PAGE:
Sanchez (46), who became prime minister with only 84 seats for his Socialists in the 350-member assembly thanks to support from the hard-left Podemos and smaller nationalist parties, said he intends to steer the country through to mid-2020 when the parliamentary term ends.


Italy’s new populist government has been sworn in to power after the president, Sergio Mattarella, agreed to a revised slate of ministers – just days after a bitter row over the incoming leaders’ stance on the euro ended their initial bid to assume power.

Giuseppe Conte(53) was sworn in as prime minister on Friday after a last-ditch coalition deal ended months of political deadlock and narrowly avoided snap elections in the eurozone’s third largest economy.


The United States is preparing to open a new de facto embassy in Taiwan, with speculation over who will represent Washington at the ceremony almost certain to enrage China.

The renovated American Institute in Taiwan will open on 12 June, and is likely to be overshadowed by a possible summit between Donald Trump and North Korean leader Kim Jong-un in Singapore. But the potential for senior US officials, possibly at the cabinet level, attending the ceremony for the $250m facility has raised eyebrows in Beijing.

The new compound represents a significant upgrade in US relations with Taiwan, and the opening ceremony comes at a time when Beijing has taken an increasingly hostile stance toward the democratic self-ruled island of 23 million people.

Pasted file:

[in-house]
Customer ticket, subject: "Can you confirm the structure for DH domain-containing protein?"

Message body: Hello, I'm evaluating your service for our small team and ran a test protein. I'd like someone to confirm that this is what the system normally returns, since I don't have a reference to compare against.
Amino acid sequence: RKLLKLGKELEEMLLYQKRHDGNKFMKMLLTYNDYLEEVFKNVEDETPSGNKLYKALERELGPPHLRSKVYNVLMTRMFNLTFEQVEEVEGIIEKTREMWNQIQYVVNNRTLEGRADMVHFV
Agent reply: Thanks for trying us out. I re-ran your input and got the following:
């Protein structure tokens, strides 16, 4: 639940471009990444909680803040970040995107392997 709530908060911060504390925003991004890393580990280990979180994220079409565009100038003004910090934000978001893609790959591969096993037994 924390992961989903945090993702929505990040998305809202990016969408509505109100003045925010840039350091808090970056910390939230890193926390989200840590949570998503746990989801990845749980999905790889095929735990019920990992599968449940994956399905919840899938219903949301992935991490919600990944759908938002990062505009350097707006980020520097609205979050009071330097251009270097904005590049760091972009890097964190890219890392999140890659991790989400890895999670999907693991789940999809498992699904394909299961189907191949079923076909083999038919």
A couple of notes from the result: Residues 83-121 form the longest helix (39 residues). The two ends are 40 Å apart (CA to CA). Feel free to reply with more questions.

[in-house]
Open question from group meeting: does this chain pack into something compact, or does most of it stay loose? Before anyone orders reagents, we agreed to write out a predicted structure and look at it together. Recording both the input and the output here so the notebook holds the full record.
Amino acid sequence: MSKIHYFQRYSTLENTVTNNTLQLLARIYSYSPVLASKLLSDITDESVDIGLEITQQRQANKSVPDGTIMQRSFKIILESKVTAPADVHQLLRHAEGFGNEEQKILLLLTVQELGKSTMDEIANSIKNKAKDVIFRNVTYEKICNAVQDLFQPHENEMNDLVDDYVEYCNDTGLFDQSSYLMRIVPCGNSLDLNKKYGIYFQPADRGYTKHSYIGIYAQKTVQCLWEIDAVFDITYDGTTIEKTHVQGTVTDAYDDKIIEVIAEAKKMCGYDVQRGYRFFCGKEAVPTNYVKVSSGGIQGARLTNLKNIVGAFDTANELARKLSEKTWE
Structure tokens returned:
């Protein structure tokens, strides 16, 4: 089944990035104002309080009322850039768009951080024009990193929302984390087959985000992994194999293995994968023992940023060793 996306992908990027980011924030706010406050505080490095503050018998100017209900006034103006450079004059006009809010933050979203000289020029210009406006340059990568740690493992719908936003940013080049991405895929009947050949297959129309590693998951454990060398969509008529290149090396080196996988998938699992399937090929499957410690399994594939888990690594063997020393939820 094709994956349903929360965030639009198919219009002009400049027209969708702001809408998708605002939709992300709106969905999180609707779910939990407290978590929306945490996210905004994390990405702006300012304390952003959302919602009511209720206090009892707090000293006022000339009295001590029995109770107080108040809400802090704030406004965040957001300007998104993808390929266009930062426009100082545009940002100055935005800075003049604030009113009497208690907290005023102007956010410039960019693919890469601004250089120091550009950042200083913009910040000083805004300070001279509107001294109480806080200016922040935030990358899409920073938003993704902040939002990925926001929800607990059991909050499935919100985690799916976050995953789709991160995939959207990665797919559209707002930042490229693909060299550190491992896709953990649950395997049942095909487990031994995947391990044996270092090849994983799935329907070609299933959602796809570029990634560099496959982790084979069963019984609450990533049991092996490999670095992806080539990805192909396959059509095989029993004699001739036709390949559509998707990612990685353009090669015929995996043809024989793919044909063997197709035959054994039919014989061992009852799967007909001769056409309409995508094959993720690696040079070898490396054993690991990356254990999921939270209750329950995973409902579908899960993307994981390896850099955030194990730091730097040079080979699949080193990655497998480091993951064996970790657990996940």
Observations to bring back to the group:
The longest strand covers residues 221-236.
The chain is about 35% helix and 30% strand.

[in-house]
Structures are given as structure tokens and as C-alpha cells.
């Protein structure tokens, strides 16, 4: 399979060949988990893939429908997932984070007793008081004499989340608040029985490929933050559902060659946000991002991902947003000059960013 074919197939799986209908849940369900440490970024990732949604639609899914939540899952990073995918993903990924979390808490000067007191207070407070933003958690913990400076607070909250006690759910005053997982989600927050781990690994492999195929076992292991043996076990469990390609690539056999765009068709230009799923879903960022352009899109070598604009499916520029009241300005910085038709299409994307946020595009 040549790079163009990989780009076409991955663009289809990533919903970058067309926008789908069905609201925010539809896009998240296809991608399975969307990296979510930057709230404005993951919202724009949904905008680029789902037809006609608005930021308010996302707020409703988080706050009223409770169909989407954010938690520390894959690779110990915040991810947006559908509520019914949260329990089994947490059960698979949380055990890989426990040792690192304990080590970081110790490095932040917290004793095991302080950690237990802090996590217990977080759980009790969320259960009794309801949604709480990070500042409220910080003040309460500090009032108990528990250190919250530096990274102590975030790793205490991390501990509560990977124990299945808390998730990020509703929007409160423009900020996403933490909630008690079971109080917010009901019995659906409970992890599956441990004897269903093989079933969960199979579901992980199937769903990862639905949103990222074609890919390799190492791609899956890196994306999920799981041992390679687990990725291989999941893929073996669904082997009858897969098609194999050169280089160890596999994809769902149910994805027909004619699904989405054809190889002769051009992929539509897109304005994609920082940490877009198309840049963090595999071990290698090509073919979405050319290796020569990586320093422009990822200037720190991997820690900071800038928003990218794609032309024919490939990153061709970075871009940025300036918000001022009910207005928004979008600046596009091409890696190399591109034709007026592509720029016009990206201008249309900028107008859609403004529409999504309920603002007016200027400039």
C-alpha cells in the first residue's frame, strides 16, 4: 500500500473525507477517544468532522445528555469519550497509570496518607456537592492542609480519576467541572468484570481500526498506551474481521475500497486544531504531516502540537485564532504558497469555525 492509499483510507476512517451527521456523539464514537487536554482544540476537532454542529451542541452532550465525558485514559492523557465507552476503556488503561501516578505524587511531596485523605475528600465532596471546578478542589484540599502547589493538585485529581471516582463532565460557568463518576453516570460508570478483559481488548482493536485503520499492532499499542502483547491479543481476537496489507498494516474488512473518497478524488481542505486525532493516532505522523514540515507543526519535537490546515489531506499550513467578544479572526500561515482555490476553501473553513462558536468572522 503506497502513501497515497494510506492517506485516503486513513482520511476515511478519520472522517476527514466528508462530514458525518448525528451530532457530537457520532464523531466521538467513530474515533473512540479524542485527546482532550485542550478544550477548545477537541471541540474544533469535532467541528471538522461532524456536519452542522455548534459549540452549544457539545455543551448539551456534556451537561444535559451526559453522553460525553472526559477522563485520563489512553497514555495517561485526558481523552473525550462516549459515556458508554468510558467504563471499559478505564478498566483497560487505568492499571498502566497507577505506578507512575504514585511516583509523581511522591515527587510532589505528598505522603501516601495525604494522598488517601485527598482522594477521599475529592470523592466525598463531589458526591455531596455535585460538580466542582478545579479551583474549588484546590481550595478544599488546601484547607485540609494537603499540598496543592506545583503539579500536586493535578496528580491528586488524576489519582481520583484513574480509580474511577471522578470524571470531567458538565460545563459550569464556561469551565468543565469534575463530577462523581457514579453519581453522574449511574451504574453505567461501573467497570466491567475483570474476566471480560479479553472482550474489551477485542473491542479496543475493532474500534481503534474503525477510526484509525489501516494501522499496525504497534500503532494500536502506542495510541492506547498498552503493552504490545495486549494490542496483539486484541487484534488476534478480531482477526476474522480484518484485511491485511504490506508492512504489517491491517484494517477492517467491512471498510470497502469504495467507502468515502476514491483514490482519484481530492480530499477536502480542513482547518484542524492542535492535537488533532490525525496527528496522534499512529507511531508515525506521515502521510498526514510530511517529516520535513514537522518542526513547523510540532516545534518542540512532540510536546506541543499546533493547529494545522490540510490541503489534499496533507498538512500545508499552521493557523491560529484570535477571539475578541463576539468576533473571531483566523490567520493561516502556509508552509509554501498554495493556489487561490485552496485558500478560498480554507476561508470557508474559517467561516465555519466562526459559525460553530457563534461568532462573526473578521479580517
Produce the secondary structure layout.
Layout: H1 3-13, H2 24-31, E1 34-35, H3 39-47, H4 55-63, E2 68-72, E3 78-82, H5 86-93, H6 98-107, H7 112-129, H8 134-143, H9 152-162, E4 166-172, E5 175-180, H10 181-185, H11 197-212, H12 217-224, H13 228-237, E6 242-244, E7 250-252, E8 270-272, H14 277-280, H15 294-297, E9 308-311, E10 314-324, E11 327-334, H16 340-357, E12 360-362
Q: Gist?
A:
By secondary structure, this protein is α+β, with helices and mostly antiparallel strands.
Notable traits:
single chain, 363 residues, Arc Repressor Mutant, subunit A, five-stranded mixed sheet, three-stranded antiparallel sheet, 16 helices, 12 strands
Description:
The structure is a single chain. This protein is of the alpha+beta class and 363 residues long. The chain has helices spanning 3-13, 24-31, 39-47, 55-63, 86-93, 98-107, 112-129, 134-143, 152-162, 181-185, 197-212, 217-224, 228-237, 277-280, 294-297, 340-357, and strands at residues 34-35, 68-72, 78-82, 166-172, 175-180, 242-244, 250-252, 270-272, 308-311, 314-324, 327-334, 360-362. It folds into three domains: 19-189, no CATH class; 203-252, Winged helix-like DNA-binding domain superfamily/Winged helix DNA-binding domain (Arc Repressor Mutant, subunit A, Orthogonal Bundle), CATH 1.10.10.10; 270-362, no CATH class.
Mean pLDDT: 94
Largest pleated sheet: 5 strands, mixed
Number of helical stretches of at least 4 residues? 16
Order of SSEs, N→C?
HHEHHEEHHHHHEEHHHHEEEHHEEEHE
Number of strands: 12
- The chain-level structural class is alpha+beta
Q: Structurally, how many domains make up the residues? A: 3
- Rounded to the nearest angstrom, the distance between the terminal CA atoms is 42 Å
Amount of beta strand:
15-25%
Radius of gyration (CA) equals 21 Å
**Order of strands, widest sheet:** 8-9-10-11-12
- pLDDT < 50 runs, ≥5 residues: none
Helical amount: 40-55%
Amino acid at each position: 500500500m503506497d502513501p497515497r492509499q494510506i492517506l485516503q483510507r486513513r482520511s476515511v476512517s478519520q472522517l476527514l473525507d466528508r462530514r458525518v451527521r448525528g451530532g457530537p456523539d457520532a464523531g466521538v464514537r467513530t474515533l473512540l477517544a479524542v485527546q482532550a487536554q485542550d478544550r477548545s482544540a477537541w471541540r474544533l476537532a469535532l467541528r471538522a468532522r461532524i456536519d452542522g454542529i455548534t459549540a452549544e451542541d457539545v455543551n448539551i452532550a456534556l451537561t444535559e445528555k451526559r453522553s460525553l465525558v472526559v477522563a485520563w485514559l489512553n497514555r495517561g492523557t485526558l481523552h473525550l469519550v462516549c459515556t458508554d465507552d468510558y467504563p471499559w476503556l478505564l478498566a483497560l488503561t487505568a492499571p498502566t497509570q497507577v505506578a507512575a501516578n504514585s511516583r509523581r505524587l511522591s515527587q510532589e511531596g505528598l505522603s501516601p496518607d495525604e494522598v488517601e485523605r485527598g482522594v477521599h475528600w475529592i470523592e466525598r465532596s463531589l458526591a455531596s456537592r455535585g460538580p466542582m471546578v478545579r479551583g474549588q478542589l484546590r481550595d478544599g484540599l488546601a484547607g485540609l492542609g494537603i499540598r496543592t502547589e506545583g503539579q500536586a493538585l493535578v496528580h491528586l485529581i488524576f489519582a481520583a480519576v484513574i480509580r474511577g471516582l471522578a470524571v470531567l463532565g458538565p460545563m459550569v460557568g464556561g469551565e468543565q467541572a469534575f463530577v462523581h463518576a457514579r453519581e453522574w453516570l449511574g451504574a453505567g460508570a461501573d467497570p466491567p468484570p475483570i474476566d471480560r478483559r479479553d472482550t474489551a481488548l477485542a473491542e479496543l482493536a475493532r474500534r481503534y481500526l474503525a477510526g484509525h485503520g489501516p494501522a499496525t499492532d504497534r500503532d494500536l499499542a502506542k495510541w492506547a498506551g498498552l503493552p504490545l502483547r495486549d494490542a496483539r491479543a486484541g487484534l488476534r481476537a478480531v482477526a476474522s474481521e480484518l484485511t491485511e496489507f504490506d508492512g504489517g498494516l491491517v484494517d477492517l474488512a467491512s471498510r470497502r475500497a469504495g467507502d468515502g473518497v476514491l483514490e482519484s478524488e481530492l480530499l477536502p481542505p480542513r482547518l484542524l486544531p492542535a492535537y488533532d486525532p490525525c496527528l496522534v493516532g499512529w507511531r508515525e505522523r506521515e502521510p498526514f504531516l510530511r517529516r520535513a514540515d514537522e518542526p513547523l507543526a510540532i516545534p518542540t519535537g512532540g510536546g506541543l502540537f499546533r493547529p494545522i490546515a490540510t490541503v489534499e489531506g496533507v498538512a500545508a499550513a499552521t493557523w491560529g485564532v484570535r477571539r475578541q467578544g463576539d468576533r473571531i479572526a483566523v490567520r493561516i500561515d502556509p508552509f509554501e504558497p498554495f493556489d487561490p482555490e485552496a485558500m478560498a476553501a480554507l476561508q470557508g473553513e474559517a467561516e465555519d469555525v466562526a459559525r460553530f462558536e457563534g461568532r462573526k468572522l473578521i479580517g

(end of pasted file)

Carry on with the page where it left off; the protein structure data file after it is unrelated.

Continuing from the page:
Venezuela said on Friday it has begun freeing groups of opposition activists who were jailed for their involvement in protests against leftist President Nicolas Maduro.

A group of opposition activists including former mayor Daniel Ceballos were present at a televised meeting called by the Constituent Assembly, an all-powerful legislature made up of ruling Socialist Party loyalists.


Saudi Arabia has threatened military action against its Gulf neighbour, Qatar if it acquires the Russian-made S-400 aerial defence system, French daily Le Monde reported on Friday.

In a letter addressed to President Emmanuel Macron of France, Saudi King Salman expressed his “profound concern” with talks under way between Moscow and Doha for the sale of the advanced anti-aircraft weapon system.

The Saudi monarch, who asked that France increase its pressure on Qatar, said he was worried about the consequences of Doha’s acquisition of the mobile surface-to-air missile system which he said threatened Saudi security interests.